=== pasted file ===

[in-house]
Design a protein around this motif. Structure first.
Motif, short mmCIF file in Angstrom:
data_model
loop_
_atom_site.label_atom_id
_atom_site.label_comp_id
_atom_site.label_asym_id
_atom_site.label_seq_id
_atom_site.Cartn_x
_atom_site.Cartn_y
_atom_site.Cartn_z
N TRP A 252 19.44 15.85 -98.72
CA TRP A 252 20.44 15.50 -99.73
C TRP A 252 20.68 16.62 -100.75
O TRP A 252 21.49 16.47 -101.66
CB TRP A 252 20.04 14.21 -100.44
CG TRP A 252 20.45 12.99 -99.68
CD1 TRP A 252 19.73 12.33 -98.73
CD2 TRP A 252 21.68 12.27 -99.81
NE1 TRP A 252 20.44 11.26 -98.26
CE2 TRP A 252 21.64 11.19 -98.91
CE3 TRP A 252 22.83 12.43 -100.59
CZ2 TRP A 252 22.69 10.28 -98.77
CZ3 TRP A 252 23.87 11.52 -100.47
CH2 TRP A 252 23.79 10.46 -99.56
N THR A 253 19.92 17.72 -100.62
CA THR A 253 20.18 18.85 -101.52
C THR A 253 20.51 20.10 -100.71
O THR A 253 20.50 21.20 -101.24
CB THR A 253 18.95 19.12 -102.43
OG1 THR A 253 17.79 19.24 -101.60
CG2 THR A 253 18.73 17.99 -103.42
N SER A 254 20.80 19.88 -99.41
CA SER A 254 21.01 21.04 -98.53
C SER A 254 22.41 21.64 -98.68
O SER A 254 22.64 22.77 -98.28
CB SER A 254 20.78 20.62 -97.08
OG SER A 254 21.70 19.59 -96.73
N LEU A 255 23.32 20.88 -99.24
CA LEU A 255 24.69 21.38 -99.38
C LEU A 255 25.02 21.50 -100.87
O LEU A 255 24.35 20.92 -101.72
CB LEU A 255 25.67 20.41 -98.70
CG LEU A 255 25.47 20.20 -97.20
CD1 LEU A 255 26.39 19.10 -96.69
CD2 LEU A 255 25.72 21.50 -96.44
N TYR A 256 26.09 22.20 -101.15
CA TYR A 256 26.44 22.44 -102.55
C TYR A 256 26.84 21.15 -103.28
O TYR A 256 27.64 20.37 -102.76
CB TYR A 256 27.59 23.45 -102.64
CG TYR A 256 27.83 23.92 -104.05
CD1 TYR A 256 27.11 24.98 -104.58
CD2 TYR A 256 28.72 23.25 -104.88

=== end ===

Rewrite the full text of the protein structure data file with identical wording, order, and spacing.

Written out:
[in-house]
Design a protein around this motif. Structure first.
Motif, short mmCIF file in Angstrom:
data_model
loop_
_atom_site.label_atom_id
_atom_site.label_comp_id
_atom_site.label_asym_id
_atom_site.label_seq_id
_atom_site.Cartn_x
_atom_site.Cartn_y
_atom_site.Cartn_z
N TRP A 252 19.44 15.85 -98.72
CA TRP A 252 20.44 15.50 -99.73
C TRP A 252 20.68 16.62 -100.75
O TRP A 252 21.49 16.47 -101.66
CB TRP A 252 20.04 14.21 -100.44
CG TRP A 252 20.45 12.99 -99.68
CD1 TRP A 252 19.73 12.33 -98.73
CD2 TRP A 252 21.68 12.27 -99.81
NE1 TRP A 252 20.44 11.26 -98.26
CE2 TRP A 252 21.64 11.19 -98.91
CE3 TRP A 252 22.83 12.43 -100.59
CZ2 TRP A 252 22.69 10.28 -98.77
CZ3 TRP A 252 23.87 11.52 -100.47
CH2 TRP A 252 23.79 10.46 -99.56
N THR A 253 19.92 17.72 -100.62
CA THR A 253 20.18 18.85 -101.52
C THR A 253 20.51 20.10 -100.71
O THR A 253 20.50 21.20 -101.24
CB THR A 253 18.95 19.12 -102.43
OG1 THR A 253 17.79 19.24 -101.60
CG2 THR A 253 18.73 17.99 -103.42
N SER A 254 20.80 19.88 -99.41
CA SER A 254 21.01 21.04 -98.53
C SER A 254 22.41 21.64 -98.68
O SER A 254 22.64 22.77 -98.28
CB SER A 254 20.78 20.62 -97.08
OG SER A 254 21.70 19.59 -96.73
N LEU A 255 23.32 20.88 -99.24
CA LEU A 255 24.69 21.38 -99.38
C LEU A 255 25.02 21.50 -100.87
O LEU A 255 24.35 20.92 -101.72
CB LEU A 255 25.67 20.41 -98.70
CG LEU A 255 25.47 20.20 -97.20
CD1 LEU A 255 26.39 19.10 -96.69
CD2 LEU A 255 25.72 21.50 -96.44
N TYR A 256 26.09 22.20 -101.15
CA TYR A 256 26.44 22.44 -102.55
C TYR A 256 26.84 21.15 -103.28
O TYR A 256 27.64 20.37 -102.76
CB TYR A 256 27.59 23.45 -102.64
CG TYR A 256 27.83 23.92 -104.05
CD1 TYR A 256 27.11 24.98 -104.58
CD2 TYR A 256 28.72 23.25 -104.88